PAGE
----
The “Onondaga Jam” was a description of flooding of ice flows crashing into land, a situation made worse on the Grand River as a consequence of deforestation. Such ice flows could do considerable damage, hurling enormous ice blocks into buildings and damaging them. Barrett secures McLeod’s arrest with shouts of joy heard “above the grinding jam”. This happy ending followed “the deafening thunder of the Onondaga Jam, that loosened by the rain, was shouldering its terrible force downwards with the strength of a million drunken demons.” [9]

            Flooding incidents such as the Onondaga Jam, which Pauline Johnson indicated took place in 1873,  were responsible for the very different attitudes towards deforestation by the 1890s when Frank Yeigh was first Pauline Johnson’s events manager and later Hardy’s Executive Assistant as Premier. Their supportive working relationship was increased by her rescuing Yeigh from an otherwise disastrous Canadian authors reading he organized for the Liberal Party. The passion she invoked in the “Cry of an Indian Wife” lamented ecological ruin as well as native land dispossession. The Indian wife’s husband is a “forest brave”, who seeks to protect the “roaming bison.” This brave is in a similar situation to her father who struggled courageously to defend the forests of the Six Nations reserve. Her waking up the crowd of slumbering Toronto Liberals helped to shake up the province to the realities of ecological devastation in Ontario, one of whose consequences was increased flooding.   [10]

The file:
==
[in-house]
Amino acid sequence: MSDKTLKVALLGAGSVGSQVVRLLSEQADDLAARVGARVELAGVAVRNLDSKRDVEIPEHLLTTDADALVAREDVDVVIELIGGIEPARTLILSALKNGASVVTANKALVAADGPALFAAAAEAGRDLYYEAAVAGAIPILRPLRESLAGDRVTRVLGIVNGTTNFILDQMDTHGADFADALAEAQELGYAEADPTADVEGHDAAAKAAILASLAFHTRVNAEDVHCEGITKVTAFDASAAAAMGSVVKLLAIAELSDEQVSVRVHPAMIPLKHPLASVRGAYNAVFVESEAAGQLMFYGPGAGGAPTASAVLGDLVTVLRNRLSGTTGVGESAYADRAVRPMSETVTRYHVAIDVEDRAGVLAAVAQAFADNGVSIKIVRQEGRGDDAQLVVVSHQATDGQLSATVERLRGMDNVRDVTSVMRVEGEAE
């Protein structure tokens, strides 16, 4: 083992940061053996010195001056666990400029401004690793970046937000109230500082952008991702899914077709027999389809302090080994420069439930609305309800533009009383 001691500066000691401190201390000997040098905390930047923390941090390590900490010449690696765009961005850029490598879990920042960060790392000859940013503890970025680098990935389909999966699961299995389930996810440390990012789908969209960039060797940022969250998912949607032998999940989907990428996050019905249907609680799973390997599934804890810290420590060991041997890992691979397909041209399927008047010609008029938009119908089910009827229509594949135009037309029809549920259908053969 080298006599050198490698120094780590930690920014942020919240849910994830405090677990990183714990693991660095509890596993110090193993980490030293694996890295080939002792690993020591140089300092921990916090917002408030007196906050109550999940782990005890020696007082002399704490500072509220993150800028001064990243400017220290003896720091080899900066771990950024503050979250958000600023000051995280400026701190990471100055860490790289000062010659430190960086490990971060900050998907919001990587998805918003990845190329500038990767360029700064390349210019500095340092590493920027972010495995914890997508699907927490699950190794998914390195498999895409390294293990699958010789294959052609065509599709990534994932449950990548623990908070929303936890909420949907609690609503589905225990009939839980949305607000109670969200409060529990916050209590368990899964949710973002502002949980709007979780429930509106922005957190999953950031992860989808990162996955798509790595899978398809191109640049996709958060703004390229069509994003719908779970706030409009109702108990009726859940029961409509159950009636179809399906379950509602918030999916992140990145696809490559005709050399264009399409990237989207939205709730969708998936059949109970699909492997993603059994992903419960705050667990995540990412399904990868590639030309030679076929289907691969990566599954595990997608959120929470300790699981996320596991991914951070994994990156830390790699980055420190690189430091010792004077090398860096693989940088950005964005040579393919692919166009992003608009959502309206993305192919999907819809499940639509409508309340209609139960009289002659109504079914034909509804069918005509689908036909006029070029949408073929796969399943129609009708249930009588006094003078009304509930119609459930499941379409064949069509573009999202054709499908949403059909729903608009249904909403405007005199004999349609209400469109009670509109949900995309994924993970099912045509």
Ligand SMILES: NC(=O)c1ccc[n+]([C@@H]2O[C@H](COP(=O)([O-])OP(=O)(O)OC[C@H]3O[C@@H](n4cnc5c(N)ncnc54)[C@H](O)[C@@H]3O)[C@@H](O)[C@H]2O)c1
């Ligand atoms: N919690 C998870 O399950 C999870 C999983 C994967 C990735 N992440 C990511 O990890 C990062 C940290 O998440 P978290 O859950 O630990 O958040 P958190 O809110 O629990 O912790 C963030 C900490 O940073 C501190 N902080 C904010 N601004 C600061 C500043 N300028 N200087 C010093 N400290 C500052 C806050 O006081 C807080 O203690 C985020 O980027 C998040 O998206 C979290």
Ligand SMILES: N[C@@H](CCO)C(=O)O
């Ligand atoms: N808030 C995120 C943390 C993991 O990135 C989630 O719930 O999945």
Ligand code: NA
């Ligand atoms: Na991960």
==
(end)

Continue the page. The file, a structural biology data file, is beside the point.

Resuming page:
Pauline’s writings on the Onondaga Jam based on her father’s efforts to defend forests in the Grand River watershed did have an impact. In terms of ecological harm, as opposed to economic damage, deforestation in the Grand River watershed and its consequentially violent floods is the principal harm cited the Hardy government’s 1899 Report of the Royal Commission on Forest Protection. It warned that, “Long observation and experience has demonstrated that,
aside from the need of timber and fuel the community requires that 20 to 25 per cent of the total
area of a county should be in tree cover. Instead of 25 per cent forest, some of the counties in this Southern Division have not five per cent and this in such scattered clumps of scraggy trees to be of little use for climatic change  or water supply. Nearly every spring the Grand River overflows its banks and causes heavy damages at Brantford and elsewhere. The stream flows through Brant, Waterloo and Peel. None of these counties have over 15 per cent of woodland-Brant has only 7 per cent, Peel about the same, Waterloo about 13 per cent.” [11]

            Pauline Johnson was a pioneer environmentalist who was able to publicize, shake up public opinion and alter the policies of governments. This is so vividly illustrated in her relationship to her fellow residents of the Brant County area, Hardy and Yeigh. She changed their scoffing and ridiculing of her father’s ideas on saving forests, to realizing the necessity of doing so to avert the  flooding disasters she described vividly in “Her Majesty’s Guest.”

John Bacher

presented at the Purdy Country Literary Festival #8 symposium  (PurdyFest #8)

footnotes available on request